On a Wednesday morning in July, a gaggle of Metro officials, business leaders and nonprofit organizers assembled at the Youth Opportunity Center on Charlotte Avenue to engage in all the pageantry of a classic made-for-media event.
With television cameras rolling, speakers revealed some startling findings: Twenty-one percent of all Metro high school students have experienced some type of homelessness; one-third of Nashville students say they lack an adult with whom they can discuss problems; and 6 percent of high-school-aged students don’t attend school at all. There were recommendations to address health issues, increase access to transportation and improve safety among youth. And there was an initiative already in the pipeline: a new center to assist victims of family violence through a collaboration between Metro police, Davidson County Juvenile Court and other agencies.
Findings, desired outcomes and recommended strategies were marked in bullet points and bound together in a bright-yellow, handsome 60-page book, one for each in attendance.
Mayor Karl Dean’s 52-member Youth Master Plan Task Force had completed its work.
In the three-plus years since his inauguration, Dean and his administration have shown a fondness for so-called task forces, advisory groups and new committees. While they take on different names, each has the same basic goal: to rope in outsiders with a stake in the outcomes of policy decisions. Members are typically private citizens and non-Metro workers.
Previous administrations have employed the same approach; it is neither new nor unique, and it is a staple in current administrations in comparable cities, including Austin, Texas; Charlotte, N.C.; and Denver.
Still, based on sheer numbers, the task force concept seems to hold a special place inside Dean’s administration.
The administration has rolled out 18 such groups during 36 months in office. For every two months Dean has spent in office, one new group has emerged. In all, there are 380 people involved in the groups. (See a list of all 18 task forces here. )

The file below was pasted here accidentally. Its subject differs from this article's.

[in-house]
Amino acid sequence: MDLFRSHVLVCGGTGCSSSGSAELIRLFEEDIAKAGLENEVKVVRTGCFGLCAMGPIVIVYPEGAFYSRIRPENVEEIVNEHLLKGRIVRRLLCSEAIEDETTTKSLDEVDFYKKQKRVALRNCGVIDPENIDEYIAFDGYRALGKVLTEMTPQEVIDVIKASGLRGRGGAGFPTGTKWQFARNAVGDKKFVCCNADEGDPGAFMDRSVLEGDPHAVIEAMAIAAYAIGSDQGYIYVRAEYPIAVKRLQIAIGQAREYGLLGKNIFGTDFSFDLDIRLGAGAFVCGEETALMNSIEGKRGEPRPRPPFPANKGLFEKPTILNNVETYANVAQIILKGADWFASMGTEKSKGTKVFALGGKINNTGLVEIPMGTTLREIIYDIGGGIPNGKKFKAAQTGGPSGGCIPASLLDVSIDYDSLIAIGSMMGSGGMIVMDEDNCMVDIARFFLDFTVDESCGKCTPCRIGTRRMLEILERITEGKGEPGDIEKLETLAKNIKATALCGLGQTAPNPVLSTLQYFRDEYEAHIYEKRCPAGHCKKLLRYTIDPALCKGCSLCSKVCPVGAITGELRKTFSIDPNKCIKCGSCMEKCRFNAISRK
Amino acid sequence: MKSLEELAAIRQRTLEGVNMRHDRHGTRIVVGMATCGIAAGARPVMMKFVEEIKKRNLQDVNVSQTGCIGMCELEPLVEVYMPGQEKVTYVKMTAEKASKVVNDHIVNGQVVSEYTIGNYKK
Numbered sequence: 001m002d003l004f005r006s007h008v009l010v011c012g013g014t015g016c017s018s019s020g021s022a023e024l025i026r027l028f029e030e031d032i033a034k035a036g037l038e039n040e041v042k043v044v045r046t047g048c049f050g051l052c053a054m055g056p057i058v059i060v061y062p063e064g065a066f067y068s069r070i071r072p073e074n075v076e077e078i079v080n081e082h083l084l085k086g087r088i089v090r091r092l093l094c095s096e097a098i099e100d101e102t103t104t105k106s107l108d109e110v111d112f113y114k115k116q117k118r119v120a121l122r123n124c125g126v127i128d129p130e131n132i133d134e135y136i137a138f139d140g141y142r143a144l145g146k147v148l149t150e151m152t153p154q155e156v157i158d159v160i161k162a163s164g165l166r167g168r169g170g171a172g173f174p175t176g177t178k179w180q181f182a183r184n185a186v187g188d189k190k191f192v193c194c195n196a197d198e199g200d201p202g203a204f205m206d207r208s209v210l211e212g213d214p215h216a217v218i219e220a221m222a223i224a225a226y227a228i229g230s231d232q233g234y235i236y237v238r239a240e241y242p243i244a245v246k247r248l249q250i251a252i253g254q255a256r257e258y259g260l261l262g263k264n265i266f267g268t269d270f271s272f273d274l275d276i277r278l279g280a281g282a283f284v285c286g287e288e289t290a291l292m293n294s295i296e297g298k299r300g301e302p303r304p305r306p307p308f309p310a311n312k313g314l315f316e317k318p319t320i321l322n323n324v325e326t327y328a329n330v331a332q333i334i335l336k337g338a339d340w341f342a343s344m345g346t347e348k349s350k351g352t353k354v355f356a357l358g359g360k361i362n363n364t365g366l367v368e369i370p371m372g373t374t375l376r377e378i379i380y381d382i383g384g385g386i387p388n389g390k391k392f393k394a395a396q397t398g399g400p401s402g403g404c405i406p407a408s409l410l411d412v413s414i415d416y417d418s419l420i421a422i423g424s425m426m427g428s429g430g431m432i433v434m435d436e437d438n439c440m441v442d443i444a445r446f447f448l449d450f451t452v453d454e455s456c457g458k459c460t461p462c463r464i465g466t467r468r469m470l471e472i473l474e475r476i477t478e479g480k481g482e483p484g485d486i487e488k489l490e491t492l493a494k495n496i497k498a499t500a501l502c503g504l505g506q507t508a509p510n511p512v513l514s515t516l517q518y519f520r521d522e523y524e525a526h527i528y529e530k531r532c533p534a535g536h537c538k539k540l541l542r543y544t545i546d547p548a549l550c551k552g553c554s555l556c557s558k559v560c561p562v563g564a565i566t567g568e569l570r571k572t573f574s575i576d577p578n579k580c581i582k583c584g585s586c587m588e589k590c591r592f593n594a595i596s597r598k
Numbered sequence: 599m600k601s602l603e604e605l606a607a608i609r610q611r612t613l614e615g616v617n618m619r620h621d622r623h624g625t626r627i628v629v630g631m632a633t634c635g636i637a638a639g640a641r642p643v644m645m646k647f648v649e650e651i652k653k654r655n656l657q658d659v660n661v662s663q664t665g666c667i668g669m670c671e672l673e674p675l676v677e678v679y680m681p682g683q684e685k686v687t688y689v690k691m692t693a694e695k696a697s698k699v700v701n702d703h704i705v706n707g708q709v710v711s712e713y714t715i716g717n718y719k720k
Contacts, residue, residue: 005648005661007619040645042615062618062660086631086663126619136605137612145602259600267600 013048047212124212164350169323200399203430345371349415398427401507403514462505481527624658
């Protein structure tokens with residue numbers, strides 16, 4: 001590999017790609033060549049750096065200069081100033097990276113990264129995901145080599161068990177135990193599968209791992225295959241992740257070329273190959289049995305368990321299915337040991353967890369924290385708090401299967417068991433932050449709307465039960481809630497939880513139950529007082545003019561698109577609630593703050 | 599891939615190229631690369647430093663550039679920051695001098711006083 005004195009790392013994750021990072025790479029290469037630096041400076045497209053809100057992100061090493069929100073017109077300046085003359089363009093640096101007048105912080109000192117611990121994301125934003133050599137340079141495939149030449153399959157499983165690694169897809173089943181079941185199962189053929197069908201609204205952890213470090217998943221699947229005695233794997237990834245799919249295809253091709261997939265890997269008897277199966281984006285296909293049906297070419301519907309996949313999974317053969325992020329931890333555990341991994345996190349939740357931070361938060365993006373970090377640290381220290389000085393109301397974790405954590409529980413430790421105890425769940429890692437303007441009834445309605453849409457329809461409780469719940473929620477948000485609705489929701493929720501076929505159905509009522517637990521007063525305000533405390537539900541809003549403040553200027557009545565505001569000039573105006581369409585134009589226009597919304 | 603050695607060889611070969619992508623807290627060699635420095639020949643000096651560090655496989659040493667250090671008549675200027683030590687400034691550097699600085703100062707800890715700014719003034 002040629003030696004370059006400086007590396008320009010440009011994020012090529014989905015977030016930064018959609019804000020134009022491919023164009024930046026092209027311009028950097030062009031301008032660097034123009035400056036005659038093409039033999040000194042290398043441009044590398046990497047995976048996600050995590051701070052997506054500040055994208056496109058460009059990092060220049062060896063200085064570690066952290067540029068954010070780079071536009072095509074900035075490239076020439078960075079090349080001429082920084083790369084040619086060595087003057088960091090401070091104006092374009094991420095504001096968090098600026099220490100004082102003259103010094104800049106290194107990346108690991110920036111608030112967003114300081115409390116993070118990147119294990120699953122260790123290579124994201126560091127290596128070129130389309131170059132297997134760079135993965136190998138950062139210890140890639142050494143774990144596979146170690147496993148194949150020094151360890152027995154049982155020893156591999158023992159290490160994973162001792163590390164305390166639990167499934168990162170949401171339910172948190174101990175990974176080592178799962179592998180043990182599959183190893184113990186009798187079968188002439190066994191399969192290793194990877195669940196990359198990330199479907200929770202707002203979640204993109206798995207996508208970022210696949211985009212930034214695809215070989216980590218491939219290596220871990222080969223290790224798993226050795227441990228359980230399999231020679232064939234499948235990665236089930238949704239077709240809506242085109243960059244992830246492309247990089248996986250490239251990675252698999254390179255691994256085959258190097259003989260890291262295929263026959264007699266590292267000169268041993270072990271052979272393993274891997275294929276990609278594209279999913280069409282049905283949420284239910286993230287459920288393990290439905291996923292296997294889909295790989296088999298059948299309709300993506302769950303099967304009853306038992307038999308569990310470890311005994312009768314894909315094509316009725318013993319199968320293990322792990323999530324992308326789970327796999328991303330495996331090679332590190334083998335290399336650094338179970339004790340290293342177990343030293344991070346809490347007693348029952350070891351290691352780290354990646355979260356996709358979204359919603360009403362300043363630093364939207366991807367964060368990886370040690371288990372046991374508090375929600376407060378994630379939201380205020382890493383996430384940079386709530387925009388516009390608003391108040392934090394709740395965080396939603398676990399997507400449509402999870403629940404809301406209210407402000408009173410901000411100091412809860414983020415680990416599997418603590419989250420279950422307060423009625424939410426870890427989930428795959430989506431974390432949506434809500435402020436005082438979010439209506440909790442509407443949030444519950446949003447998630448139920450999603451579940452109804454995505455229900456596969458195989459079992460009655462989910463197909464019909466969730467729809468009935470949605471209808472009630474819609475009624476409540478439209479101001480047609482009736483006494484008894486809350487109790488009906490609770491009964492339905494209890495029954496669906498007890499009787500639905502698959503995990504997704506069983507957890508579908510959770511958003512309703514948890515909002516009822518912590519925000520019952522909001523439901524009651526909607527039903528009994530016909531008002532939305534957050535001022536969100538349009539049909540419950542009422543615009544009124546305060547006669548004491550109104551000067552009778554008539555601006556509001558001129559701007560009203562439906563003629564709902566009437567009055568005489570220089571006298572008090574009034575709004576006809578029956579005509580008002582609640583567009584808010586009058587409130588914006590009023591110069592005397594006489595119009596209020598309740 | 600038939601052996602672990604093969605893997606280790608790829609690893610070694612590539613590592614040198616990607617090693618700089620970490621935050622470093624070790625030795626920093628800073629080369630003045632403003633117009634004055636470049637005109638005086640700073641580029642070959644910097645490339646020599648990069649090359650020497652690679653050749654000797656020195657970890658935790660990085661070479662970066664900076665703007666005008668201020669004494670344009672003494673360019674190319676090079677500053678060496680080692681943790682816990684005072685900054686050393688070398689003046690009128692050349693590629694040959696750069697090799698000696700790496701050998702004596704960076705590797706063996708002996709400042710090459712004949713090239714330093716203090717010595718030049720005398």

Faced with controversy, Dean has tended to reach outside the courthouse for help. Amid the spirited debate over the future of the 117-acre fairgrounds property, for example, the mayor appointed a 10-member task force to deliver suggestions, which it did last month. When the unexpected has put Metro departments under the microscope, like the 2008 Davidson County Election Commission break-in that saw thieves gain access to 337,000 voters’ Social Security numbers, Dean responded by creating the Information Technology Advisory Board, the Information Security Advisory Board and the Information Security Steering Committee.
The task force approach has enabled Dean to leave his stamp on Metro public schools, for instance, something he may otherwise have few opportunities to do given the control that the Metro Nashville Board of Education exercises over school policy. There is Dean’s Project for Student Success, which studied the city’s student dropout rate and led to the unveiling of Metro’s Attendance Center in East Nashville. In addition, Dean created the Mayor’s Advisory Council on Special Education, which monitors the progress of special-needs education inside the school system.
Dean has also been able to keep a steady line of communication with key constituents. The Mayor’s Minority Business Advisory Council and the New Americans Advisory Committee — comprising 15 people between them — are prime examples.